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Soc Sci Med. 2016 Sep;164:1-11. doi: 10.1016/j.socscimed.2016.07.008. Epub 2016 Jul 13.

Older adults' quality of life - Exploring the role of the built environment and social cohesion in community-dwelling seniors on low income.

Author information

1
Faculty of Health Sciences, Simon Fraser University, Canada; Centre for Clinical Epidemiology and Evaluation, Vancouver Coastal Health Research Institute, Canada. Electronic address: lengel@sfu.ca.
2
Centre for Hip Health and Mobility, Canada; Experimental Medicine, The University of British Columbia, Canada.
3
Centre for Hip Health and Mobility, Canada; Department of Family Practice, The University of British Columbia, Canada.
4
Centre for Hip Health and Mobility, Canada; Department of Family Practice, The University of British Columbia, Canada; Department of Orthopaedics, The University of British Columbia, Canada.
5
Faculty of Health Sciences, Simon Fraser University, Canada; Centre for Clinical Epidemiology and Evaluation, Vancouver Coastal Health Research Institute, Canada.
6
Centre for Clinical Epidemiology and Evaluation, Vancouver Coastal Health Research Institute, Canada; School of Population and Public Health, The University of British Columbia, Canada.

Abstract

The built environment and social cohesion are increasingly recognized as being associated with older adults' quality of life (QoL). However, limited research in this area still exists and the relationship has remained unexplored in the area of Metro Vancouver, Canada. This study examined the association between the built environment and social cohesion with QoL of 160 community-dwelling older adults (aged ≥ 65 years) on low income from Metro Vancouver. Cross-sectional data acquired from the Walk the Talk (WTT) study were used. Health-related QoL (HRQoL) and capability wellbeing were assessed using the EQ-5D-5L and the ICECAP-O, respectively. Measures of the environment comprised the NEWS-A (perceived built environment measure), the Street Smart Walk Score (objective built environment measure), and the SC-5PT (a measure of social cohesion). The primary analysis consists of Tobit regression models to explore the associations between environmental features and HRQoL as well as capability wellbeing. Key findings indicate that after adjusting for covariates, older adults' capability wellbeing was associated with street connectivity and social cohesion, while no statistically significant associations were found between environmental factors and HRQoL. Our results should be considered as hypothesis-generating and need confirmation in a larger longitudinal study.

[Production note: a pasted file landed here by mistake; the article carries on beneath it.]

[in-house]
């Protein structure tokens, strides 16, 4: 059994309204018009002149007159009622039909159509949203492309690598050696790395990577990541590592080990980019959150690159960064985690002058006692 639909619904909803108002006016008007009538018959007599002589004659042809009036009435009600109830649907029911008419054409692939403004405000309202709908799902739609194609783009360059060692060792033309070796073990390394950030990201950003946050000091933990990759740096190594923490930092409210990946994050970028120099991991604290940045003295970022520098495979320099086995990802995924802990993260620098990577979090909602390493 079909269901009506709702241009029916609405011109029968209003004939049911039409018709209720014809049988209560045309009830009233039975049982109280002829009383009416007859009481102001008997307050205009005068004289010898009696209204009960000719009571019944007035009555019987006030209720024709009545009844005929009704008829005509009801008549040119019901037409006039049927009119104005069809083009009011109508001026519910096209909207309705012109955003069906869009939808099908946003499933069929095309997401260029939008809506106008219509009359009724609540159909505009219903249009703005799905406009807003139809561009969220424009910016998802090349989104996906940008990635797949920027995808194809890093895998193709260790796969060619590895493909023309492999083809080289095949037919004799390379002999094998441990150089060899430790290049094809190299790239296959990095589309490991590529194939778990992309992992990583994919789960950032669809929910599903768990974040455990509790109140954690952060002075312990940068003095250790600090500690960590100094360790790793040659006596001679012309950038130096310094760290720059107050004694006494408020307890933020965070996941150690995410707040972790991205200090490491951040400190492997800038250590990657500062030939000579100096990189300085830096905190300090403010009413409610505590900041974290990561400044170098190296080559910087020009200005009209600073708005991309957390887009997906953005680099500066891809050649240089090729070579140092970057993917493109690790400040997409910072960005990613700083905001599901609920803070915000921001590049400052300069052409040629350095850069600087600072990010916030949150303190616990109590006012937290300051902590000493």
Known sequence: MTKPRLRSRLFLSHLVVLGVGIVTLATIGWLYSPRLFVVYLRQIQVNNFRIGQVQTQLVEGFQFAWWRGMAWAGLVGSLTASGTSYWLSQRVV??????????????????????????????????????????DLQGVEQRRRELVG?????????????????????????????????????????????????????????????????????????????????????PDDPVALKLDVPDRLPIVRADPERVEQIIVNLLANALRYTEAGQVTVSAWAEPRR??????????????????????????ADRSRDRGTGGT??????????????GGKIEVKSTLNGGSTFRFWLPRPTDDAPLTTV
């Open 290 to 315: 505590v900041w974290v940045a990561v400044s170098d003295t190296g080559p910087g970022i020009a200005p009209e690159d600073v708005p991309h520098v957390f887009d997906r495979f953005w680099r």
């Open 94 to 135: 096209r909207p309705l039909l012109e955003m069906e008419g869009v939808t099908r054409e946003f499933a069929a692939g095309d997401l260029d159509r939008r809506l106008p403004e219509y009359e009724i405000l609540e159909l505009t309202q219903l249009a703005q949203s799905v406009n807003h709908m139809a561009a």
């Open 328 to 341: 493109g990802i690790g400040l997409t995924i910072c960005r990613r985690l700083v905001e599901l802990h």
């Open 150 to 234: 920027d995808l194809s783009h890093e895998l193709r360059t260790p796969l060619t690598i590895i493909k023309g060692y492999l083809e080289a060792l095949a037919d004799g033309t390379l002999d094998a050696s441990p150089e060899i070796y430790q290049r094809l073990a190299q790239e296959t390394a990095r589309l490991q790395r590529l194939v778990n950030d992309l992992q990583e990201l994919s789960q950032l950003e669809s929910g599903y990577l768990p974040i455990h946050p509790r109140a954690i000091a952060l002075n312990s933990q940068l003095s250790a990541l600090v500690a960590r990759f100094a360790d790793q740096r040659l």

KEYWORDS:

Built environment; Canada; Older adults; Quality of life; Social cohesion; Wellbeing

PMID:
27439120
DOI:
10.1016/j.socscimed.2016.07.008
[Indexed for MEDLINE]

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